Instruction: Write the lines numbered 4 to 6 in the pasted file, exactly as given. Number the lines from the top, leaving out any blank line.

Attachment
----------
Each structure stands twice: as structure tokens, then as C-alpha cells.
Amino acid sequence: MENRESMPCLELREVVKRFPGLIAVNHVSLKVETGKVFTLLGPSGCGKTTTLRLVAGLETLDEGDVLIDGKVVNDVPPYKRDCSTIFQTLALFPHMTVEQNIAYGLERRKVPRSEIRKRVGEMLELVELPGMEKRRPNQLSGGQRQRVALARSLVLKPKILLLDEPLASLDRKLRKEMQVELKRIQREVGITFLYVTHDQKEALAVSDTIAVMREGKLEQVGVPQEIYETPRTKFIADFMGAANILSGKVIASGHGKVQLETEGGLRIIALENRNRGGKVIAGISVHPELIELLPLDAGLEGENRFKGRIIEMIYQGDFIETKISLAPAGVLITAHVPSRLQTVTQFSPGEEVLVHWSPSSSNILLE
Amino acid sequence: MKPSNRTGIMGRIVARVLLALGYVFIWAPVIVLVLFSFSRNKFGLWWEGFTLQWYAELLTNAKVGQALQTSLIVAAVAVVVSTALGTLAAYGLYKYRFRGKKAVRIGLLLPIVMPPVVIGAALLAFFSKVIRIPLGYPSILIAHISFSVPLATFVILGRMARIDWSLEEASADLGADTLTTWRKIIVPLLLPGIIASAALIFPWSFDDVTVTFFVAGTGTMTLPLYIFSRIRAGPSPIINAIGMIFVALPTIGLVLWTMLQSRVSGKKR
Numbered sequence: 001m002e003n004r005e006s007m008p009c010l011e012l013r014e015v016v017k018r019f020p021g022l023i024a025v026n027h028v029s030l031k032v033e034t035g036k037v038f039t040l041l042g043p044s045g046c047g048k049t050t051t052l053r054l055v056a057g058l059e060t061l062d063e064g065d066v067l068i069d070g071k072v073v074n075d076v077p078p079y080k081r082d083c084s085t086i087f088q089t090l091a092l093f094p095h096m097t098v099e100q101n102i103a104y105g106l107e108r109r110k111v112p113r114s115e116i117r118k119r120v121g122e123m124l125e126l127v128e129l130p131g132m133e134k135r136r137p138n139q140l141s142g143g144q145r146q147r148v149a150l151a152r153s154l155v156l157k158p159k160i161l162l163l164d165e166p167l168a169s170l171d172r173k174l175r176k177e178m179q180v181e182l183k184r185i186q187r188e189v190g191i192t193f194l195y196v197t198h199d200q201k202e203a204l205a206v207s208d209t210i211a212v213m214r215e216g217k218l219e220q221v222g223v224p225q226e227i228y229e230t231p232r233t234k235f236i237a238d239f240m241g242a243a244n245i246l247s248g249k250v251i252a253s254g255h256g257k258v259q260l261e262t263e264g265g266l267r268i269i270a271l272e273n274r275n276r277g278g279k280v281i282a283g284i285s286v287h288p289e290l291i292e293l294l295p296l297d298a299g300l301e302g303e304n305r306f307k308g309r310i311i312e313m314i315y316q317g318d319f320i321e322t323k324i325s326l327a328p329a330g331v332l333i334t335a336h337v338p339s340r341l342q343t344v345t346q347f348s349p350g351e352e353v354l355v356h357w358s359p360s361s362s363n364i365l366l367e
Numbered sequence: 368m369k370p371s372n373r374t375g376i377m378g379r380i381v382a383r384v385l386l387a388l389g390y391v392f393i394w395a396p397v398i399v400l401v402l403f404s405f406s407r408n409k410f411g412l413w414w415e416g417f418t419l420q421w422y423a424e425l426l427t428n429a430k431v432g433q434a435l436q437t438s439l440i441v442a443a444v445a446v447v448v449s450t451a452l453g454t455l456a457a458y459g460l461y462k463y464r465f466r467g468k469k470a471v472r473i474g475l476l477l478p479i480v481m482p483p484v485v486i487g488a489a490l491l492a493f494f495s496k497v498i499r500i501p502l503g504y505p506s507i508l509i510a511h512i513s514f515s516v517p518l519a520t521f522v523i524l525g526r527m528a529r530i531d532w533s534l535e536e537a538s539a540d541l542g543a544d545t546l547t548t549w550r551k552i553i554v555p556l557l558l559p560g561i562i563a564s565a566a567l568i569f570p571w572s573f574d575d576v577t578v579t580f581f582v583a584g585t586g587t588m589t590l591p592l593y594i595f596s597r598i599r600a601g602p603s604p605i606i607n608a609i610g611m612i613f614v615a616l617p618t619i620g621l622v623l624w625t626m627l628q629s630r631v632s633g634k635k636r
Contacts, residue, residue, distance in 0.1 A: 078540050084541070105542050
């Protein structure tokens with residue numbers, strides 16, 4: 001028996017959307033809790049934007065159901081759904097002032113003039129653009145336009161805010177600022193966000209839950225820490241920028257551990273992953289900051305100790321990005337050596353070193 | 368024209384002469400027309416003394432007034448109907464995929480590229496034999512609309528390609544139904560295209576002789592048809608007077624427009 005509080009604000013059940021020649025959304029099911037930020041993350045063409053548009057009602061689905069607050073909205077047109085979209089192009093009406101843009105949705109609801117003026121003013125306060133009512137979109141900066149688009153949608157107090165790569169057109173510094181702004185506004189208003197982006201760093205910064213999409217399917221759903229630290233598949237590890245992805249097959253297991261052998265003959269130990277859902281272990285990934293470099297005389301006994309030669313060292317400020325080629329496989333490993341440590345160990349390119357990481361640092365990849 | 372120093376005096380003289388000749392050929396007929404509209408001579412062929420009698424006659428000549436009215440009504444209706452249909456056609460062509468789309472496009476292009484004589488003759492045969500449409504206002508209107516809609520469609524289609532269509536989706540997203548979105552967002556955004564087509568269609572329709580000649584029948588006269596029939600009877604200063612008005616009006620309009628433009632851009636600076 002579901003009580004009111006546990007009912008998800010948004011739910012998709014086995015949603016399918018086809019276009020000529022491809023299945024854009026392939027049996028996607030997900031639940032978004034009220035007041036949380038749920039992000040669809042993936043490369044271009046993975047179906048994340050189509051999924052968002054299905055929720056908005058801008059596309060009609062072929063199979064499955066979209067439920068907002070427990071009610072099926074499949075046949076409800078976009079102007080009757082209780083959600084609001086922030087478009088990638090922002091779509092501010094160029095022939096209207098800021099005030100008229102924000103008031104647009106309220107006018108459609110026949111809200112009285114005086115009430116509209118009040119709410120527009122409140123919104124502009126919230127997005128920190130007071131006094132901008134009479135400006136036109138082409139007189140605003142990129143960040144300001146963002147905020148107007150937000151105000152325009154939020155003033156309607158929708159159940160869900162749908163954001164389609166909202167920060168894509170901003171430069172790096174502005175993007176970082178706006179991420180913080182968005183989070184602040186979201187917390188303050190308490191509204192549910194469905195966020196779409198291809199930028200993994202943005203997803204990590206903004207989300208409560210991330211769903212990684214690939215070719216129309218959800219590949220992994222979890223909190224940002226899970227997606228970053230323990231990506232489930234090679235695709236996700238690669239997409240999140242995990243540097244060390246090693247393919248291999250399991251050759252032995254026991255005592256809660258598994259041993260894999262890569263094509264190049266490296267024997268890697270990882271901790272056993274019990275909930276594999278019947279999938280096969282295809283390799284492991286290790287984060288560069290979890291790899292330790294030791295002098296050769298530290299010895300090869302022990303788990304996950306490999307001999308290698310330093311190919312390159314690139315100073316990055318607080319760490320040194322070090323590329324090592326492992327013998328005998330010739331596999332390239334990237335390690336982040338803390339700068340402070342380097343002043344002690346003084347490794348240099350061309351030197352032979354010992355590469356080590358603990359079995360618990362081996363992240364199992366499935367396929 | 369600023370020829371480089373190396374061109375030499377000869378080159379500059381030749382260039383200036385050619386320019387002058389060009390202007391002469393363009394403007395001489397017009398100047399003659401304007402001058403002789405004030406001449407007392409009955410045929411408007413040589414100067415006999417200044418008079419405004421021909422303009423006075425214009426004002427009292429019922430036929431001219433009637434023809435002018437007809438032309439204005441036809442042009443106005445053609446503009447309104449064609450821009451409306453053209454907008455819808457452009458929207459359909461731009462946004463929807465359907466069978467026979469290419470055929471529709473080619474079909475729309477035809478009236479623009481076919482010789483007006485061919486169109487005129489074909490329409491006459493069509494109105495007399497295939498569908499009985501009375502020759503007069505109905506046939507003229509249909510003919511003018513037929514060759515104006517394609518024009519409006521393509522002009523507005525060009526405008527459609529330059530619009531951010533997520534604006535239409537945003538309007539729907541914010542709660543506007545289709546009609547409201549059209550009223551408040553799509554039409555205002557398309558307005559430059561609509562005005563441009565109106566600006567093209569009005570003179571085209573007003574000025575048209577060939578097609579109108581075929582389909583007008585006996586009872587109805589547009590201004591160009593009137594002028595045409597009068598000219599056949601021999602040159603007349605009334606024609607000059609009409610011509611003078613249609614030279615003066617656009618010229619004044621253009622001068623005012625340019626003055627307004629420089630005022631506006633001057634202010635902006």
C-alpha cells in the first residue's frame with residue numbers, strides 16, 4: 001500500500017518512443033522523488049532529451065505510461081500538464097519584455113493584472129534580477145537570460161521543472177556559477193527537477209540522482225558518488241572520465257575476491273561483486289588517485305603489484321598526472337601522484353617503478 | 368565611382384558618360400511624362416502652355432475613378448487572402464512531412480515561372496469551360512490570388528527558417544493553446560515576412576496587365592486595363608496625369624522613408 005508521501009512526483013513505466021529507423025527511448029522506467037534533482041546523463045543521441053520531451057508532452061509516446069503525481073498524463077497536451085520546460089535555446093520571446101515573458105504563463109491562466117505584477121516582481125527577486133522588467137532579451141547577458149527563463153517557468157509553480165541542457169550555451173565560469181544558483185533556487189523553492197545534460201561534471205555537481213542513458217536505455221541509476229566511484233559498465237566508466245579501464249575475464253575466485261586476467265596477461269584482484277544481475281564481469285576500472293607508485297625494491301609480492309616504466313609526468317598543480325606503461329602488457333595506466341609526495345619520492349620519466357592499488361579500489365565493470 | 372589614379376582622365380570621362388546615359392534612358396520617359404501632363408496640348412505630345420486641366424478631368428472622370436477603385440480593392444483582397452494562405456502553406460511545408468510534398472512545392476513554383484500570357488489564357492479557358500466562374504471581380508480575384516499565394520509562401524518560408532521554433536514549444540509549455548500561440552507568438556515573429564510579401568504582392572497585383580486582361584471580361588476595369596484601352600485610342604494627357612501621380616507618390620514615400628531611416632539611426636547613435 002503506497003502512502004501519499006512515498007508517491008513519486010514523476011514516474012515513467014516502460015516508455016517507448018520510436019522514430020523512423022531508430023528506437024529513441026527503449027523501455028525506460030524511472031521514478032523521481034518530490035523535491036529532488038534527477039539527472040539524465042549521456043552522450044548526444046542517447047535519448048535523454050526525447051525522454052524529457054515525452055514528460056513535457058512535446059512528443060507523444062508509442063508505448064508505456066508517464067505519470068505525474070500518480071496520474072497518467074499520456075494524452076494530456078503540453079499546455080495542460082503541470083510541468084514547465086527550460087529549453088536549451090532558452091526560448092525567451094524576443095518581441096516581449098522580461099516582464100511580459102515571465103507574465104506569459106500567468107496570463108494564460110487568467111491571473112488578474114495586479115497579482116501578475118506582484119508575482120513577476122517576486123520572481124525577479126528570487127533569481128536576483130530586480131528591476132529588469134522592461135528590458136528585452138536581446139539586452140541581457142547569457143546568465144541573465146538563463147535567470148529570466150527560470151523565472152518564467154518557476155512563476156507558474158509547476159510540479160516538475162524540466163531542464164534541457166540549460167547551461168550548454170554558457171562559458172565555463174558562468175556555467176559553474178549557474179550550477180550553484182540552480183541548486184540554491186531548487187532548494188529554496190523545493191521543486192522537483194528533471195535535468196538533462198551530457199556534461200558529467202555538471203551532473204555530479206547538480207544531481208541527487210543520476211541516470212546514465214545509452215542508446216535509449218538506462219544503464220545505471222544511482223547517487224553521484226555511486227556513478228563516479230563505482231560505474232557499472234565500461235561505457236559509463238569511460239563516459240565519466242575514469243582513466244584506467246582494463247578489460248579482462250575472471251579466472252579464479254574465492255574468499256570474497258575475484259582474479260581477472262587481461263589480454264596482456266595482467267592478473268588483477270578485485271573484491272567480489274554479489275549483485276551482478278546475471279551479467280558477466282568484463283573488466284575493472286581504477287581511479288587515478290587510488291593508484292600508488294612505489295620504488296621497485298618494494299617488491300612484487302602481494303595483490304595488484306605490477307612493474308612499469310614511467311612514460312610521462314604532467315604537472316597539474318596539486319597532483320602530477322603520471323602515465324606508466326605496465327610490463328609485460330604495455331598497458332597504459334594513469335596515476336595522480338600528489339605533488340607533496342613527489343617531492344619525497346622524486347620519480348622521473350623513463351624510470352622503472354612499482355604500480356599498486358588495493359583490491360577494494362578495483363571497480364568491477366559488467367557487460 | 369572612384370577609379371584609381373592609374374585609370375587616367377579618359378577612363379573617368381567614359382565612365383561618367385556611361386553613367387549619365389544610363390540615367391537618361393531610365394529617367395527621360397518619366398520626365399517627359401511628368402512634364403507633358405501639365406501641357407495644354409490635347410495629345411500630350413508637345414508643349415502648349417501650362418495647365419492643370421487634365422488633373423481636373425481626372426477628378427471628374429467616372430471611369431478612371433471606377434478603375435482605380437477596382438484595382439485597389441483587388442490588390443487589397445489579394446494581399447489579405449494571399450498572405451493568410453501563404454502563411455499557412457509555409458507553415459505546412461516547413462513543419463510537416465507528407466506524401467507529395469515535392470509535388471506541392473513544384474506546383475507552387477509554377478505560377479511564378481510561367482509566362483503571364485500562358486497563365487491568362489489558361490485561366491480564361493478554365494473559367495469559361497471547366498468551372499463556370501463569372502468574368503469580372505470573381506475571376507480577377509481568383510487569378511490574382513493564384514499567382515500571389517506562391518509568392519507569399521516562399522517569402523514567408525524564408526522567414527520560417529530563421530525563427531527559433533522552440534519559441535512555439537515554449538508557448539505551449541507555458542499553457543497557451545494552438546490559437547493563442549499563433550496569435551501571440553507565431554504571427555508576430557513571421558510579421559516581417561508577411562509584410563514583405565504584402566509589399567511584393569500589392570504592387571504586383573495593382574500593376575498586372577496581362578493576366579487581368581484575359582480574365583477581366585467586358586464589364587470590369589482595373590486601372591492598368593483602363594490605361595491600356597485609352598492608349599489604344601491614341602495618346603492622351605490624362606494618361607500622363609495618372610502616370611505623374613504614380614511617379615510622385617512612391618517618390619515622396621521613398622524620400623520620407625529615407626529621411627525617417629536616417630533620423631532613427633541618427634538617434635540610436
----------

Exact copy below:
Numbered sequence: 001m002e003n004r005e006s007m008p009c010l011e012l013r014e015v016v017k018r019f020p021g022l023i024a025v026n027h028v029s030l031k032v033e034t035g036k037v038f039t040l041l042g043p044s045g046c047g048k049t050t051t052l053r054l055v056a057g058l059e060t061l062d063e064g065d066v067l068i069d070g071k072v073v074n075d076v077p078p079y080k081r082d083c084s085t086i087f088q089t090l091a092l093f094p095h096m097t098v099e100q101n102i103a104y105g106l107e108r109r110k111v112p113r114s115e116i117r118k119r120v121g122e123m124l125e126l127v128e129l130p131g132m133e134k135r136r137p138n139q140l141s142g143g144q145r146q147r148v149a150l151a152r153s154l155v156l157k158p159k160i161l162l163l164d165e166p167l168a169s170l171d172r173k174l175r176k177e178m179q180v181e182l183k184r185i186q187r188e189v190g191i192t193f194l195y196v197t198h199d200q201k202e203a204l205a206v207s208d209t210i211a212v213m214r215e216g217k218l219e220q221v222g223v224p225q226e227i228y229e230t231p232r233t234k235f236i237a238d239f240m241g242a243a244n245i246l247s248g249k250v251i252a253s254g255h256g257k258v259q260l261e262t263e264g265g266l267r268i269i270a271l272e273n274r275n276r277g278g279k280v281i282a283g284i285s286v287h288p289e290l291i292e293l294l295p296l297d298a299g300l301e302g303e304n305r306f307k308g309r310i311i312e313m314i315y316q317g318d319f320i321e322t323k324i325s326l327a328p329a330g331v332l333i334t335a336h337v338p339s340r341l342q343t344v345t346q347f348s349p350g351e352e353v354l355v356h357w358s359p360s361s362s363n364i365l366l367e
Numbered sequence: 368m369k370p371s372n373r374t375g376i377m378g379r380i381v382a383r384v385l386l387a388l389g390y391v392f393i394w395a396p397v398i399v400l401v402l403f404s405f406s407r408n409k410f411g412l413w414w415e416g417f418t419l420q421w422y423a424e425l426l427t428n429a430k431v432g433q434a435l436q437t438s439l440i441v442a443a444v445a446v447v448v449s450t451a452l453g454t455l456a457a458y459g460l461y462k463y464r465f466r467g468k469k470a471v472r473i474g475l476l477l478p479i480v481m482p483p484v485v486i487g488a489a490l491l492a493f494f495s496k497v498i499r500i501p502l503g504y505p506s507i508l509i510a511h512i513s514f515s516v517p518l519a520t521f522v523i524l525g526r527m528a529r530i531d532w533s534l535e536e537a538s539a540d541l542g543a544d545t546l547t548t549w550r551k552i553i554v555p556l557l558l559p560g561i562i563a564s565a566a567l568i569f570p571w572s573f574d575d576v577t578v579t580f581f582v583a584g585t586g587t588m589t590l591p592l593y594i595f596s597r598i599r600a601g602p603s604p605i606i607n608a609i610g611m612i613f614v615a616l617p618t619i620g621l622v623l624w625t626m627l628q629s630r631v632s633g634k635k636r
Contacts, residue, residue, distance in 0.1 A: 078540050084541070105542050